Policymakers need better knowledge of obesity-related factors
Policymakers have an important role in limiting obesity because the policies and laws they set can be catalysts for significant change, according to Kansas State University researchers.
Katie Heinrich, assistant professor of kinesiology, worked with Katherine Vaughan, Goleta, Calif., and Mellina Stephen, Manhattan, both master's students in public health, and Melinda Kellogg, sophomore in kinesiology and dietetics, Manhattan. They chose to gauge the level of priority for Kansas policymakers through a survey. The survey was mailed in January 2011 to all appointed and elected state officials. It addressed a variety of topics, including obesity, nutrition and physical activity, economic issues, problem behaviors, other health issues, education and governmental ethics.
The survey had a 27 percent response rate. Of the 49 lawmakers who responded, 75 percent were Republican, 18 percent were Democrat and 7 percent were from another party. The top five issues identified by policymakers included: budget/spending/taxes; education/jobs/business/economy; government regulation/efficiency; and health care. The top five problems of greatest importance were: lack of good jobs; obesity; drug abuse; high taxes; and quality of public education.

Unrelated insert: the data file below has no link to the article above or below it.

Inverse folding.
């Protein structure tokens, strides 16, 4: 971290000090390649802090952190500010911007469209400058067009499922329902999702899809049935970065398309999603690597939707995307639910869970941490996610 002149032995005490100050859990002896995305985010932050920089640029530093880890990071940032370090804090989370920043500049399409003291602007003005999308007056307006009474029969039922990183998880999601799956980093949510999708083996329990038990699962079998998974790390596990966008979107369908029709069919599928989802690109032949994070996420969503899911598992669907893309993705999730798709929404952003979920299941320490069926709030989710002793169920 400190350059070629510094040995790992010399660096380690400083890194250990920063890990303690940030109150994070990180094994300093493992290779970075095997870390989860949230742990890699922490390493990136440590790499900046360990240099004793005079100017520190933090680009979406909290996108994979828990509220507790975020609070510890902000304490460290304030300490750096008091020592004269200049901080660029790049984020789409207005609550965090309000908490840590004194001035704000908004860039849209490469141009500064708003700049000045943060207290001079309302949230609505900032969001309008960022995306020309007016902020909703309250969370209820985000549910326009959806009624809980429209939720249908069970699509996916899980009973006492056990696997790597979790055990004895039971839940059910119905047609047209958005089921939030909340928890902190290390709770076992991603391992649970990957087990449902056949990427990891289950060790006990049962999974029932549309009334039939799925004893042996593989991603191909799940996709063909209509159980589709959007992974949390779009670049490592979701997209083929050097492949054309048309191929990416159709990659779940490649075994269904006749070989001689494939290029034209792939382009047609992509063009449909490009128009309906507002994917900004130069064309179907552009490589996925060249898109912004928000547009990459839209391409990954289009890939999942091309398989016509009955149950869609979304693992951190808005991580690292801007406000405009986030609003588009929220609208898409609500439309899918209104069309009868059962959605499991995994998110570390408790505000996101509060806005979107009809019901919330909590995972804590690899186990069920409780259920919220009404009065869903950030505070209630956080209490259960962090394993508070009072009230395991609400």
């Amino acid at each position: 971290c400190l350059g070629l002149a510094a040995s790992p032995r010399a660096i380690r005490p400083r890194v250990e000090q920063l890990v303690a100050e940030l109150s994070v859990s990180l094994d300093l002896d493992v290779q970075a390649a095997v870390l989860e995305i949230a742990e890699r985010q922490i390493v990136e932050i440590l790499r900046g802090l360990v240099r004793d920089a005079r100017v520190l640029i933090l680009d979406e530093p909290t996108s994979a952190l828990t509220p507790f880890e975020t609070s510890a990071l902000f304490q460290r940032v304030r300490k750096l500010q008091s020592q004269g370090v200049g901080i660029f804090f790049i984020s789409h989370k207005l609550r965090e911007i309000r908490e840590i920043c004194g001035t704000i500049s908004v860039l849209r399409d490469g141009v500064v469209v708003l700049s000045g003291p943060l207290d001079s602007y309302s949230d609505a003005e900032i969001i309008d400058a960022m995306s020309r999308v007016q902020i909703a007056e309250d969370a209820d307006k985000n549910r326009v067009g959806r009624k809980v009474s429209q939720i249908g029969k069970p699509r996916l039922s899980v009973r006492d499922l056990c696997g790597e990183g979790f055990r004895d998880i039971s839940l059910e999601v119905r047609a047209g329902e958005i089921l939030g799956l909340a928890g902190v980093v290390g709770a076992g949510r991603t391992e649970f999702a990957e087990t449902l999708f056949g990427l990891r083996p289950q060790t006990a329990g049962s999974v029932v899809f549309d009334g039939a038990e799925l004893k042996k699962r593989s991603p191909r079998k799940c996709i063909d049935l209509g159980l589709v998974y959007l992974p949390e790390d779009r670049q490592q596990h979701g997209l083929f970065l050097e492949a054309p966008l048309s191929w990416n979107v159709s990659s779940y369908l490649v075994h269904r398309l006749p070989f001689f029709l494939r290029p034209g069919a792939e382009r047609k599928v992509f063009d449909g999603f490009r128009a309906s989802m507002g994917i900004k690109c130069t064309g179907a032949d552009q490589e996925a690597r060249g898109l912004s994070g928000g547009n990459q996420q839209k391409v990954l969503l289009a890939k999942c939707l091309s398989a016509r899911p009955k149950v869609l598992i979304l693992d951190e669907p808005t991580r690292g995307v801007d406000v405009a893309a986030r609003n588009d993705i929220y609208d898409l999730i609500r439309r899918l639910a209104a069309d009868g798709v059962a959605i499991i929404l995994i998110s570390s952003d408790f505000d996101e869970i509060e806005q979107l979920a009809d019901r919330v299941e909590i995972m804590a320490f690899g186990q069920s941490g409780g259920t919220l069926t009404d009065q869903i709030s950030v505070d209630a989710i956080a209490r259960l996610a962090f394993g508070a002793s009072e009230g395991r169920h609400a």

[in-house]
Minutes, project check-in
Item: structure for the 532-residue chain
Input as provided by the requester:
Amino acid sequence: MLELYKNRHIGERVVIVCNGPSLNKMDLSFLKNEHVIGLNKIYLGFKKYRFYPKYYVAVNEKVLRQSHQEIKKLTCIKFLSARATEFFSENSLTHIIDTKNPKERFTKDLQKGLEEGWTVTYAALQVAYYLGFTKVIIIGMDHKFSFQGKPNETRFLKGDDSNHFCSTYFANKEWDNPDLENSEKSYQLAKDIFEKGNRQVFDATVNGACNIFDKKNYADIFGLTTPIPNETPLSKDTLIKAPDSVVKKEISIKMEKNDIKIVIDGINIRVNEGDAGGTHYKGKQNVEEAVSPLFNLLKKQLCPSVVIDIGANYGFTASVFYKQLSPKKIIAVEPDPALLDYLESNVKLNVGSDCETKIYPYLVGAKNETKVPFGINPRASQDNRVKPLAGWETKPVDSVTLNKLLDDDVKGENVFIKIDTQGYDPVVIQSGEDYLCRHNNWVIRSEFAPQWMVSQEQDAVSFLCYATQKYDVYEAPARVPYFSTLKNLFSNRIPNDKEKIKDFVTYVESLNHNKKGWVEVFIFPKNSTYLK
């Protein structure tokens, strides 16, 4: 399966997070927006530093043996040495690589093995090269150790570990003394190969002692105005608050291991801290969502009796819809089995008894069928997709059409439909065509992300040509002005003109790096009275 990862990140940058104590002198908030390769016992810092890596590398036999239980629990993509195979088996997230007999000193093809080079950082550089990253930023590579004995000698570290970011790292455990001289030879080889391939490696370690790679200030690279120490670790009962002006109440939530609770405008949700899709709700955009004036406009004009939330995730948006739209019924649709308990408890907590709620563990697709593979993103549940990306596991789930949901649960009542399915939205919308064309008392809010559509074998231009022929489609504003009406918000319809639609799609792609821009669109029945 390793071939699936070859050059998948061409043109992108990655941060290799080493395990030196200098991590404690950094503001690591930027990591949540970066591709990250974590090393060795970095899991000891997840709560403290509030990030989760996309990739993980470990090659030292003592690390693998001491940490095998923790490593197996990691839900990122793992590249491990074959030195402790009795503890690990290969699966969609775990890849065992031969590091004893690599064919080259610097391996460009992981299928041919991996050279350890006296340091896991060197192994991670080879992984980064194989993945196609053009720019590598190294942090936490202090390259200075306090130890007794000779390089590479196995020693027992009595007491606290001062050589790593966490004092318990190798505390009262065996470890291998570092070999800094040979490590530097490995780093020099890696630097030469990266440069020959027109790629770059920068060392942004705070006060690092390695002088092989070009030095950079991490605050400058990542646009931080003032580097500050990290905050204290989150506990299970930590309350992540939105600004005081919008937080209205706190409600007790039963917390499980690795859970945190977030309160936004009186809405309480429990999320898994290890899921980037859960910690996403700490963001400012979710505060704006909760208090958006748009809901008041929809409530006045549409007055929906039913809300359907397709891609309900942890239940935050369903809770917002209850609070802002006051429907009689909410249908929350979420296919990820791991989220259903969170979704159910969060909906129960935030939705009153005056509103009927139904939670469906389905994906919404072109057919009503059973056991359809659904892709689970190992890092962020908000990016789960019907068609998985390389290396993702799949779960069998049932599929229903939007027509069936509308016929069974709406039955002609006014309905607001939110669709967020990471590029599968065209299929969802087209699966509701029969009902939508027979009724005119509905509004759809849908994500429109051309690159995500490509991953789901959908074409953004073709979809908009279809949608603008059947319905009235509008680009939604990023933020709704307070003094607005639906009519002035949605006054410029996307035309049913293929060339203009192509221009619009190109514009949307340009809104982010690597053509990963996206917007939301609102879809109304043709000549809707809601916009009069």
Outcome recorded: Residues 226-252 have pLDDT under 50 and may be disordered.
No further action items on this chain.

Obesity was cited as a significant problem, but none of its underlying causes was cited as a problem of importance. The data showed that improvements were needed for policymakers' knowledge of obesity-related factors.
The researchers developed a colorful, user-friendly report and emailed back to policymakers to educate them on this disconnect in an attempt to influence health policy.
More information: The report is available at: www.k-state.edu/me… erreport.pdf
Provided by Kansas State University
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